I know I came back with lots of good traveling info from Bruce and Margo Golison on setting up rental houses, provisioning and the such. Bruce does a lot of traveling for his Lido 14, J70, Melges 20, and Etchell programs, so hearing what works and what doesn't is fantastic.
At one point I was hanging around my boat and trailer and somehow got to talking about long road trips and what I do to my trailer. This may seem academic, but being anal about hub grease, tire pressure, bearing temperature can make the difference between going up and back to Oregon from SoCal a joy, or a mechanical nightmare.
I've honed my process after numerous trips up and down the west coast and west to east coast. Along the way, I've had my fare share of bad trailering experiences as well. The sabot flew off the trailer heading to San Diego, the Harbor 20 trailer broke an upright off while driving home empty from the east coast while in Colorado. One trip from Newport Beach to Corona I was towing my empty lido trailer when it jumped off the spring mounts. I was dragging the axle sideways up the road. Funny, but with the diesel 3/4 dodge pickup, I didn't feel a thing. People kept honking and pointing back... The tires were shredded and I had to rebuild the entire trailer after that adventure.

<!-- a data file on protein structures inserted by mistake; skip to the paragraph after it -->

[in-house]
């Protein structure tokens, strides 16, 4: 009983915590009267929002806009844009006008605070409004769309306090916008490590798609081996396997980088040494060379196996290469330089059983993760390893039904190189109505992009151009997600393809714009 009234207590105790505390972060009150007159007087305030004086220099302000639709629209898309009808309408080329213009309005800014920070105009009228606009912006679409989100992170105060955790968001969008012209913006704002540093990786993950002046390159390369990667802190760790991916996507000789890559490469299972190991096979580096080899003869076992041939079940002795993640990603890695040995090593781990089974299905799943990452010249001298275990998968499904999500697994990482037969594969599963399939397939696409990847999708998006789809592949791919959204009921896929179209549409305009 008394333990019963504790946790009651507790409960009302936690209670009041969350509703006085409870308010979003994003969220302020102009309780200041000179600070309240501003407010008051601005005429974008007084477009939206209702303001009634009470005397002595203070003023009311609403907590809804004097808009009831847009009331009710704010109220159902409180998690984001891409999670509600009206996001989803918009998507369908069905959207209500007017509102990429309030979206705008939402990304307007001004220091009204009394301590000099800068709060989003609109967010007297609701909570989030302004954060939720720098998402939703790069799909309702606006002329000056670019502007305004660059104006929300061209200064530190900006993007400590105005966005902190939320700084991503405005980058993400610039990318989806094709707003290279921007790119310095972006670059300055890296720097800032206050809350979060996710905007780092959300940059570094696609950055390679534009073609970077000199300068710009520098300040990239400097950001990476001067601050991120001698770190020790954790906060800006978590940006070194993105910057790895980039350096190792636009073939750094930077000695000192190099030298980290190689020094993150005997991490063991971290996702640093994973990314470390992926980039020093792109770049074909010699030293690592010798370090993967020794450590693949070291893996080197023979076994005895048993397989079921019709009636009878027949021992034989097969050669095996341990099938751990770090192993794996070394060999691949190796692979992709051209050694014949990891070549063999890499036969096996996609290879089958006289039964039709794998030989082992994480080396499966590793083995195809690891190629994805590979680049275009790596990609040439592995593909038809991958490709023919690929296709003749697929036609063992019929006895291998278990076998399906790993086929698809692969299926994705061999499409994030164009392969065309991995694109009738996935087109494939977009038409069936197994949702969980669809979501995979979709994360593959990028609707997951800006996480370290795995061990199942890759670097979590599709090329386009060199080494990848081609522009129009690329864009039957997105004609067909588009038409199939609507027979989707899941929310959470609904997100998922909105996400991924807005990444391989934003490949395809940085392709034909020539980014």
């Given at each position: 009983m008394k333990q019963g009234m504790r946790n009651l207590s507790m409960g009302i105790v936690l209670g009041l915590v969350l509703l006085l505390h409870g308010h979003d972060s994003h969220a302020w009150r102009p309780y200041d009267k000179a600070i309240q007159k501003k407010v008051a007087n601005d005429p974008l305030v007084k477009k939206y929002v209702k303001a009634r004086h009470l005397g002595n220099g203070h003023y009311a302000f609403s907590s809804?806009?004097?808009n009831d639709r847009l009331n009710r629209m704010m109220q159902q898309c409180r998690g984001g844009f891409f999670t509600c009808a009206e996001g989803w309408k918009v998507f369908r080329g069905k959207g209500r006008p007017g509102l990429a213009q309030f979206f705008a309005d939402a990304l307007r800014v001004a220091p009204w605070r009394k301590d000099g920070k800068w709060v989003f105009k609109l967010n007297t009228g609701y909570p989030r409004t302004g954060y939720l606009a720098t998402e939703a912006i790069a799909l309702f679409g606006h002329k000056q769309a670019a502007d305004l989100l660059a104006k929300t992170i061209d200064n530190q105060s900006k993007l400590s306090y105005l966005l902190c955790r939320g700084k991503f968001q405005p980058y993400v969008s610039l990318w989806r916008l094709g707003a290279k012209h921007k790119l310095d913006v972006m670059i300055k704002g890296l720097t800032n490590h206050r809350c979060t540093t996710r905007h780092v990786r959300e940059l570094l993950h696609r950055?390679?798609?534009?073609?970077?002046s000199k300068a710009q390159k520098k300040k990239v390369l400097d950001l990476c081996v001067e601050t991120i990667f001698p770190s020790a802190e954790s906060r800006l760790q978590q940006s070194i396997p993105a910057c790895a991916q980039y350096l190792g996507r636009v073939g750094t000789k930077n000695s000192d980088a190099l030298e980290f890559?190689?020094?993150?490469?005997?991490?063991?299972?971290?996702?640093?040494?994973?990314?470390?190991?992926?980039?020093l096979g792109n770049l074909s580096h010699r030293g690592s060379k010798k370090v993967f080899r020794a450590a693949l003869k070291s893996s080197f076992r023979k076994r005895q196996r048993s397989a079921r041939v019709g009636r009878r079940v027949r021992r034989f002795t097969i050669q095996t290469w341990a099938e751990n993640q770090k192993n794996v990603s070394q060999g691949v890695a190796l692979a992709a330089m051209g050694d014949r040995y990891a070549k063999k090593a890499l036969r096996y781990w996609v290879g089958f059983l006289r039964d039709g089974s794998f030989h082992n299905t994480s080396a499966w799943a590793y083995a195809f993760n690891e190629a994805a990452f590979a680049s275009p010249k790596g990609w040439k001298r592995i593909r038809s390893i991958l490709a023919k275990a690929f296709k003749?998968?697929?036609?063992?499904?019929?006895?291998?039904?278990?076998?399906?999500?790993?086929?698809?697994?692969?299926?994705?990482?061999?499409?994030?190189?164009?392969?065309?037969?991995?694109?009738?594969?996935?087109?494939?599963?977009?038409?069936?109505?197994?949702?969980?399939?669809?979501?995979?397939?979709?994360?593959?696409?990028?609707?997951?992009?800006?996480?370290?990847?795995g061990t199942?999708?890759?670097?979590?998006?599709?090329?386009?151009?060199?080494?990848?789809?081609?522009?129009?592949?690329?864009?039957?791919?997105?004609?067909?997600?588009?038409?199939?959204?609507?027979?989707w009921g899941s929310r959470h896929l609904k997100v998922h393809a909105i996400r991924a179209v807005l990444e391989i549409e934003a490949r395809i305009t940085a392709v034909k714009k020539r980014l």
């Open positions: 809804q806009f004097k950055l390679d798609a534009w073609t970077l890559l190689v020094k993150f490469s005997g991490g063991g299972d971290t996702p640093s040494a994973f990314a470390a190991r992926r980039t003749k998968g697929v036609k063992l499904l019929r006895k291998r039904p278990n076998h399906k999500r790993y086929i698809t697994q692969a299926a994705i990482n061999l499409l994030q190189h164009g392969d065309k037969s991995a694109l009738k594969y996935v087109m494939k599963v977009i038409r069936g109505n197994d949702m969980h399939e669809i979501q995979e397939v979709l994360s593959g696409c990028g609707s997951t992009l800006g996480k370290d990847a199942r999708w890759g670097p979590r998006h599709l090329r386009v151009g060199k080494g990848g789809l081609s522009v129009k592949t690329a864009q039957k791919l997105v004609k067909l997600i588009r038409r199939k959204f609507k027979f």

Here's some of the things that I do before and during road trips:
- Pre-departure checklist:
Repack wheel bearings
- Check tire pressure
- Pull centerboard, halyards and shrouds
- Check tie down straps and lines
- Pack your parts, spares, tools etc. I travel heavy with lots of tools, parts, fasteners, spare shrouds, sails, lines, and sun screen. , and this year I even had a table saw in the back of the car in case of emergency...
- Trip out:
After the first 50-100 miles, check tie downs, things loosen up when the boat bounces along own the road
Each stop (gas, food, or pee) I put my hand on the trailer wheels and bearings. I want to ensure nothing is hot to the touch. If it's hot, it could rupture (tire) or seize (bearings).
Unpack boat and wash away road grime. Nothing is slower than grease and grit accumulated from 1000 hard miles driven
Assemble boat and ensure all pieces are working as they should. If needed, make any repairs or replacements before you hit the water.
Make sure there is not any water in any tank and install the hole plugs
To go home I simply repeat the process. Once you do it once or twice it'll become second nature.
With careful attention to a couple of simple things, most if not all trailering trips can be an uneventful. When you hit the race course however, all bets are off.